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Too Many Distractions? Make 'Deep Work' Work For You


deep work
Do you feel like you need to be in the middle of nowhere to get work done?!

Do you remember that story from the Mahabharata, the one where students were being taught archery? The target was the eye of a parrot sitting in a tree. When the Guru asked each student what they saw in front of them, he got varied answers. “Tree,” “leaves,” “trunk,” “sky,” “parrot.”


Only Arjuna said firmly that he saw only the eye of the parrot. That’s Focus for you, coming straight from the Master.


Deep work is defined as “the ability to focus without distraction on a cognitively demanding task,” which is nothing short of a superpower in today’s world fraught with digital distractions.


From a professional perspective, social media is the bane of our times. It is like our tree, leaves, trunk, and sky combined. Digital distractions will find you everywhere if you let them; there’s really nowhere to hide in this connected age.


The opposite of deep work is, you guessed it, “shallow work,” i.e. “non-cognitively demanding, logistical-style tasks, often performed while distracted. These efforts tend not to create much new value in the world and are easy to replicate.” This is easy to recognise: cleaning out mailboxes, responding to random requests, and so on. We have all been there and done that.


Slide deeper into Deep Work:


In his eponymous book “Deep Work,” professor Cal Newport presents an immersive training regimen made up of four actionable rules that can help transform our mind and habits to build focus. He also advocates cutting out social media altogether if you mean business.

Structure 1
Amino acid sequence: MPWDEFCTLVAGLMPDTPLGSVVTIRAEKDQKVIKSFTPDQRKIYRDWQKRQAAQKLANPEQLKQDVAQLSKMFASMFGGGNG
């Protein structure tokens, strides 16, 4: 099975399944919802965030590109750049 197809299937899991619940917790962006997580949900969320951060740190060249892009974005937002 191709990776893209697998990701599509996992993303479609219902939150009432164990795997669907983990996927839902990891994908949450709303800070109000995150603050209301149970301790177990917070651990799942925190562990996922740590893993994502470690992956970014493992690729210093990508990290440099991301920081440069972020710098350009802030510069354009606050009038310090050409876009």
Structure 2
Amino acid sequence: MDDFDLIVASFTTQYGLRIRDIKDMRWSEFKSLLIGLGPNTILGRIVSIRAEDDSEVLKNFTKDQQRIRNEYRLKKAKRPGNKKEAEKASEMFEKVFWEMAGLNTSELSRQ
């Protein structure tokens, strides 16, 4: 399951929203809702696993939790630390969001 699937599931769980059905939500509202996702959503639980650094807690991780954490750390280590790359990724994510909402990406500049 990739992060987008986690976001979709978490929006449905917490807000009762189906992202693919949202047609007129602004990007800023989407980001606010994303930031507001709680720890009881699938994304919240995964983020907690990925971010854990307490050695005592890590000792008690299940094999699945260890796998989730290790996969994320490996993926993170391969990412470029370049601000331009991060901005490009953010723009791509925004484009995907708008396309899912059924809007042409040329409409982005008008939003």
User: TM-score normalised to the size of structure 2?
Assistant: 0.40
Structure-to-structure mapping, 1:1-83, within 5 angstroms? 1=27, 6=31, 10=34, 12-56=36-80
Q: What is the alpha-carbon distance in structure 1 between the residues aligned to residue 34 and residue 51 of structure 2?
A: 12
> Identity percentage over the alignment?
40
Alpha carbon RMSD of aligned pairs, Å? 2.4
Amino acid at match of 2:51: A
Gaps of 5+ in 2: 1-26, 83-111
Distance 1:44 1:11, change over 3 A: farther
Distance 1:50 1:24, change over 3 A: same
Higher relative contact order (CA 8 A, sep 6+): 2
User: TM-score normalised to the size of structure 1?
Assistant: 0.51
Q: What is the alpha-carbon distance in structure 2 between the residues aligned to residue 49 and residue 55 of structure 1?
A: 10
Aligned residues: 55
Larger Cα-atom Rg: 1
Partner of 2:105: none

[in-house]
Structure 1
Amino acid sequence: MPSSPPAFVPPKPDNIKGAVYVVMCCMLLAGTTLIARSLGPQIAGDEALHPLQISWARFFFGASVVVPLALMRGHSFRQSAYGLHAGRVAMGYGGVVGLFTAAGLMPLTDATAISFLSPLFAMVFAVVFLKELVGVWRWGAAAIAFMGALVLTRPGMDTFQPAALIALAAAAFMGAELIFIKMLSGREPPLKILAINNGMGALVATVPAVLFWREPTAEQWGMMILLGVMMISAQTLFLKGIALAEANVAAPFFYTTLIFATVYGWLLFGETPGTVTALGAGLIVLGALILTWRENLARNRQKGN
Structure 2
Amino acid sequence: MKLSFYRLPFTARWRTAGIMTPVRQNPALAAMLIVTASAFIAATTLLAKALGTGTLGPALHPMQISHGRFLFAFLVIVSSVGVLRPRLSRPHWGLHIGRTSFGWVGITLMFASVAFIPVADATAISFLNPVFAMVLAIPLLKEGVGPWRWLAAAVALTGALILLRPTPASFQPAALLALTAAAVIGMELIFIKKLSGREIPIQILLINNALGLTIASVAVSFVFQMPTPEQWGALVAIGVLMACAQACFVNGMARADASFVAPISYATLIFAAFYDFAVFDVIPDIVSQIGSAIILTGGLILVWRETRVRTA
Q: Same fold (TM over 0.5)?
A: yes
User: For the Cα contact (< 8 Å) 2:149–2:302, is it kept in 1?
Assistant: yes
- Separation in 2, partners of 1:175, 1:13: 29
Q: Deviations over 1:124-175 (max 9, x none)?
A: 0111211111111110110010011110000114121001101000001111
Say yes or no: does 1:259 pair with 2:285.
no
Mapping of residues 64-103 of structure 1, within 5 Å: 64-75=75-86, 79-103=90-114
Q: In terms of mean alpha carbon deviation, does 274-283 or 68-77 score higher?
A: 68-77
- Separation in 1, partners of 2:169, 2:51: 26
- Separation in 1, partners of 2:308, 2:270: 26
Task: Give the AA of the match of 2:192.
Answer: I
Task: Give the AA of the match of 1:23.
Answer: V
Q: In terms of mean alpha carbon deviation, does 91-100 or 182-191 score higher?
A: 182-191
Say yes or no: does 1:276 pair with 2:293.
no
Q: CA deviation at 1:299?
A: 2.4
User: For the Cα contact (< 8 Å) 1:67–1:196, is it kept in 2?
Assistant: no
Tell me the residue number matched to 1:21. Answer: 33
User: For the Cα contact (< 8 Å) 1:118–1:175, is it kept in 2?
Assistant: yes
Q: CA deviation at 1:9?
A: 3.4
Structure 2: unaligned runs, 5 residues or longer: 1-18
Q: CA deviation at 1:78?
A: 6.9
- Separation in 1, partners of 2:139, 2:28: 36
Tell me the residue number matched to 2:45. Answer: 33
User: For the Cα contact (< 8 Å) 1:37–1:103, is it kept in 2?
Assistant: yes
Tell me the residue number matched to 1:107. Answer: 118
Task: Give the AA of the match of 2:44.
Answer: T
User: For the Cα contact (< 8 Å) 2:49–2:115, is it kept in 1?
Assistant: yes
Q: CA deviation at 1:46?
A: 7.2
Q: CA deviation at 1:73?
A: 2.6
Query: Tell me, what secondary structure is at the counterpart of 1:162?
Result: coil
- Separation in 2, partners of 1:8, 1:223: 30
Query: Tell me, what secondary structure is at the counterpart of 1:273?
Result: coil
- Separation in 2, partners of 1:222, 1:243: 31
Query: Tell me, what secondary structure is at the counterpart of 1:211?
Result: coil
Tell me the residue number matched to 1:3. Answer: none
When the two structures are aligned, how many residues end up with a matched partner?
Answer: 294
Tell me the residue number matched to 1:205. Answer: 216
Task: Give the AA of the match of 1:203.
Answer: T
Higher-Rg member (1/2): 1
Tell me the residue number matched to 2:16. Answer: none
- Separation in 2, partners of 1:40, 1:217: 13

As it’s been said, we really don’t need “more clicks, cats or emojis.” We need to be ‘all there’ while working on a task; it is what will enable us to process complicated information faster and yield better results, allow skills to develop, and provide work satisfaction. Deep work is the way to achieve that elusive Holy Grail.


The most profound insights that thousands of Deep Work followers advocate for are more common sense than anything else. Perhaps those who have grown up in an analog world can relate to these easier than those who cut their teeth on digital technology.


● Quit social media if it leaches into your consciousness and stops you from producing quality work or having a fulfilling life


● Give yourself a fixed time slot for work, and aim to complete your daily tasks in that time frame, and then pull a hard stop. You will be less likely to digress from the job at hand.


● Make the most of “trapped time” like commutes, walks, or while running on the treadmill to thrash out concepts.

● Be mindful of your personal “shallow work” tendencies to avoid them altogether.


Pro Tip: Try daily journaling to declutter your mind


In her pathbreaking book, “The Artist’s Way,” Julia Cameron advocates a simple technique she calls “Morning Pages” for purging your brain of all the nonsense that is weighing it down.


Every day, commit to writing three pages before you start your day’s work. Write whatever comes to mind, even if it is “I can’t think of what to write,” but fill three pages. It soon becomes a habit and an indispensable tool to think, process, and purge. The payout is an exceptional ability to focus and achieve deep work.


Carl Jung shut himself in a stone tower in the woods to build mindful focus. You may not have to take such drastic measures, though! Just set your phone aside, try daily journaling, and see where it takes you.

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